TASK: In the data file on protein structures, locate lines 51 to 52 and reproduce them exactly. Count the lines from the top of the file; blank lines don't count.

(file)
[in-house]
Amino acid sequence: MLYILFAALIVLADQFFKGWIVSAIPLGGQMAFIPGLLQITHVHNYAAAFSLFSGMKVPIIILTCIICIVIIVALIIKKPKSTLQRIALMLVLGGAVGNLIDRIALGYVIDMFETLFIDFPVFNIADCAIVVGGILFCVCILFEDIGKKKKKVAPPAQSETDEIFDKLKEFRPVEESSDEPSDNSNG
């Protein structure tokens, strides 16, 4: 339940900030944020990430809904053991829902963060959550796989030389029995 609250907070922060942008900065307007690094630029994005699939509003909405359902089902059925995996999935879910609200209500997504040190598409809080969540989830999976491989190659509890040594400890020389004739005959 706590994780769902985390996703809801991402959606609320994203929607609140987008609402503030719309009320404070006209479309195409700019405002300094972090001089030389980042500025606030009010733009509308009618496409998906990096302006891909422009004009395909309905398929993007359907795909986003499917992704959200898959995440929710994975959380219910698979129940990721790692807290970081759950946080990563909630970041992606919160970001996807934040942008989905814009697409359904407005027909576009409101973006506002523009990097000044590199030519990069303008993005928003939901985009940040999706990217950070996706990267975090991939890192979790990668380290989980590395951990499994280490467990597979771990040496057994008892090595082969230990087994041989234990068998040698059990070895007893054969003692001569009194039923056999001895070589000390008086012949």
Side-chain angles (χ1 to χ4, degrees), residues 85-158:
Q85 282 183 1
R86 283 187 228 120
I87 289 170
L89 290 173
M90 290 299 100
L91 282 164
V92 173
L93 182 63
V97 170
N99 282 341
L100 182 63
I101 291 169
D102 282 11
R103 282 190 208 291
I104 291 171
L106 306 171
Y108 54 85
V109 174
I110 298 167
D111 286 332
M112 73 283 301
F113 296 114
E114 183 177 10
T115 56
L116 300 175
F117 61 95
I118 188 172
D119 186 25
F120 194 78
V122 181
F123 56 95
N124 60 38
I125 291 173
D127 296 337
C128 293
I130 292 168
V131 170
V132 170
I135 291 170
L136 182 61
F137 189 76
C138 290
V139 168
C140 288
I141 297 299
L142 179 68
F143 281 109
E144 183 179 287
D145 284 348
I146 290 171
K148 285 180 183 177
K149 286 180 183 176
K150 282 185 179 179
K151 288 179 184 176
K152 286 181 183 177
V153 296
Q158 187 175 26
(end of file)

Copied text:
F143 281 109
E144 183 179 287